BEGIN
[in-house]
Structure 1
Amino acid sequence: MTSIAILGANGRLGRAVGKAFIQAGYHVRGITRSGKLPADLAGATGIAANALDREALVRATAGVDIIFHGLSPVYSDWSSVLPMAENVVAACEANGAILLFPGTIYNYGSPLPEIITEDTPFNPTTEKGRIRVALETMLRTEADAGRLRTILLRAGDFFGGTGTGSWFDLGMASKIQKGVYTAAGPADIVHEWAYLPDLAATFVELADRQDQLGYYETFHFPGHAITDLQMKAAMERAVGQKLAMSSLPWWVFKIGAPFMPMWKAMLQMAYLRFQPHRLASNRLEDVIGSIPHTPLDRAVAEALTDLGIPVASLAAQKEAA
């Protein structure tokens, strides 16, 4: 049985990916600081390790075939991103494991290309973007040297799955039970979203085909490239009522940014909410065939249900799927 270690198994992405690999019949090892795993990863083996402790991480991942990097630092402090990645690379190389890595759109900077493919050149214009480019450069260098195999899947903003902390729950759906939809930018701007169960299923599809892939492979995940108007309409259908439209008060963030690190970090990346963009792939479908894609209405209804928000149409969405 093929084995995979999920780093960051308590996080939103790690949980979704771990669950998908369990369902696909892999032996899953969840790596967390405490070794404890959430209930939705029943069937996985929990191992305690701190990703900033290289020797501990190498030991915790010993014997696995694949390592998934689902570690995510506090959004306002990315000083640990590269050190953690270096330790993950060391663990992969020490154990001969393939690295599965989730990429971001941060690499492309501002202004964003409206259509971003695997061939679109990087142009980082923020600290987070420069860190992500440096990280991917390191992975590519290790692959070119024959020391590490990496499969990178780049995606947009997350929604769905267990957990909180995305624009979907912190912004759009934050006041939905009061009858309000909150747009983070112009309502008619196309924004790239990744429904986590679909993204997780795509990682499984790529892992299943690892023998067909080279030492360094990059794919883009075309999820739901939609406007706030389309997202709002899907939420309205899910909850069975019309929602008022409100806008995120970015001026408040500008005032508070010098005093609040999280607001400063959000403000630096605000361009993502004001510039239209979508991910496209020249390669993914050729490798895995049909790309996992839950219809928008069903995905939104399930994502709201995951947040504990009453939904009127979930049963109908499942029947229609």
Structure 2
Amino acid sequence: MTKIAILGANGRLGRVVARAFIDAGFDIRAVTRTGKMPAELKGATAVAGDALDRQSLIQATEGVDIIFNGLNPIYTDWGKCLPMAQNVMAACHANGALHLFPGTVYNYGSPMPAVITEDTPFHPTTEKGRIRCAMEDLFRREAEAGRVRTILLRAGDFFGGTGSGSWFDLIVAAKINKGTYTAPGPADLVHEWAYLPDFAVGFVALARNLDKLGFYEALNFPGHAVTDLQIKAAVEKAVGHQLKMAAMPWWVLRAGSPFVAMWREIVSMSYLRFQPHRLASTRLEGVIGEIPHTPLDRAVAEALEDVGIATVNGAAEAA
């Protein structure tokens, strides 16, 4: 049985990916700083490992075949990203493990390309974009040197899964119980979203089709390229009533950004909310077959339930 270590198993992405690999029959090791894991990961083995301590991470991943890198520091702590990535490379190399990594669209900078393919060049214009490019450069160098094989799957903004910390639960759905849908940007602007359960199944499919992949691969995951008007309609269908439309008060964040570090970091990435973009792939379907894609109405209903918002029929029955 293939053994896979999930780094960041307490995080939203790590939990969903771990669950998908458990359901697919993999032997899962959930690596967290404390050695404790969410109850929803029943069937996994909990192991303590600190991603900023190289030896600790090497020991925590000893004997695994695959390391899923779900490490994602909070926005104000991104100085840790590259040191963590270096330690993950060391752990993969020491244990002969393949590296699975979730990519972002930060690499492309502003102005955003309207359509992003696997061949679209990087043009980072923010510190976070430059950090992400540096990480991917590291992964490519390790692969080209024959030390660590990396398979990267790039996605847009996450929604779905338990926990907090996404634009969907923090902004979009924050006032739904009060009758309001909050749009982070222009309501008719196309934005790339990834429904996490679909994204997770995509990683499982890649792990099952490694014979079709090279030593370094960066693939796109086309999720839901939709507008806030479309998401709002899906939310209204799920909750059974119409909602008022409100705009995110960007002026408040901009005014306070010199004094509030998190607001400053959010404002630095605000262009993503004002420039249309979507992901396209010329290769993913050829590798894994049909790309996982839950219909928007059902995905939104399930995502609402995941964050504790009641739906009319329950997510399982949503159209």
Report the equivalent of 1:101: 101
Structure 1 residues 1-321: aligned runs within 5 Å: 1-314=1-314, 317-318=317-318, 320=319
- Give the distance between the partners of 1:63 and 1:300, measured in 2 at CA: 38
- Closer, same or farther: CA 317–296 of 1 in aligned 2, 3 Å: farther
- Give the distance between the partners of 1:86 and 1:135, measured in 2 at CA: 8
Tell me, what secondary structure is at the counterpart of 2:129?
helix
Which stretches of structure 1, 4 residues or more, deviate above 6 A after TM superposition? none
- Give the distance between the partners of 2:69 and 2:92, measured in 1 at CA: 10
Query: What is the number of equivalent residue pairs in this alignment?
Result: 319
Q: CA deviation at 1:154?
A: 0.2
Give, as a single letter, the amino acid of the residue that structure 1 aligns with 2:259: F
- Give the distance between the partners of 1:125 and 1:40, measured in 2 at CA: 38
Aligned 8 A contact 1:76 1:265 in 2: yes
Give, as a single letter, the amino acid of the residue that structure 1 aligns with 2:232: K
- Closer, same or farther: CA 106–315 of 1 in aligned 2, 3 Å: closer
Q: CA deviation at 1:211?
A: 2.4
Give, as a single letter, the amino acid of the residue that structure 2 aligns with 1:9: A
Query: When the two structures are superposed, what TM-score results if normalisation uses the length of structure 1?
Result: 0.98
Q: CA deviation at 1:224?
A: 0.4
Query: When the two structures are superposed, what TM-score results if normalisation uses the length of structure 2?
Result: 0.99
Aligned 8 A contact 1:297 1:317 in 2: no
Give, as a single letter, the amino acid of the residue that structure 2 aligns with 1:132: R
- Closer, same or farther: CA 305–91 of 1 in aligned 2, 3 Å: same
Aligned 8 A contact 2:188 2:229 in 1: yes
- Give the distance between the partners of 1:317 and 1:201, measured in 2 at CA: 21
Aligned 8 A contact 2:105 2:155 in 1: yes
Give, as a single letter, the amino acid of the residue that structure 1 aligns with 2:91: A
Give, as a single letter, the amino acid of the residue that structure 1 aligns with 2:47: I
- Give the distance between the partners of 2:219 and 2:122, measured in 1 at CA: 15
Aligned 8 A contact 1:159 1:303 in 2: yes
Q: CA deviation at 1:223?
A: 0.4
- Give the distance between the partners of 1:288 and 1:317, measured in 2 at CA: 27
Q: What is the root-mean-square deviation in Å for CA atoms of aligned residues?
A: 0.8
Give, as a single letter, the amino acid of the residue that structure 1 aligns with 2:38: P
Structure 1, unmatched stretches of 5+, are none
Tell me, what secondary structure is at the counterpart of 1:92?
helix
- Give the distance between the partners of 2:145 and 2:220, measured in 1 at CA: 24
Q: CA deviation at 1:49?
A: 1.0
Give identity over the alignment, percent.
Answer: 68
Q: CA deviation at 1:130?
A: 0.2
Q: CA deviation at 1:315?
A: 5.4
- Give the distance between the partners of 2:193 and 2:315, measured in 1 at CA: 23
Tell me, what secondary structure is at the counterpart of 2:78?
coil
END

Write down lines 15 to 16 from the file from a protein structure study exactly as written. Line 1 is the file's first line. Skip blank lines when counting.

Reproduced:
Which stretches of structure 1, 4 residues or more, deviate above 6 A after TM superposition? none
- Give the distance between the partners of 2:69 and 2:92, measured in 1 at CA: 10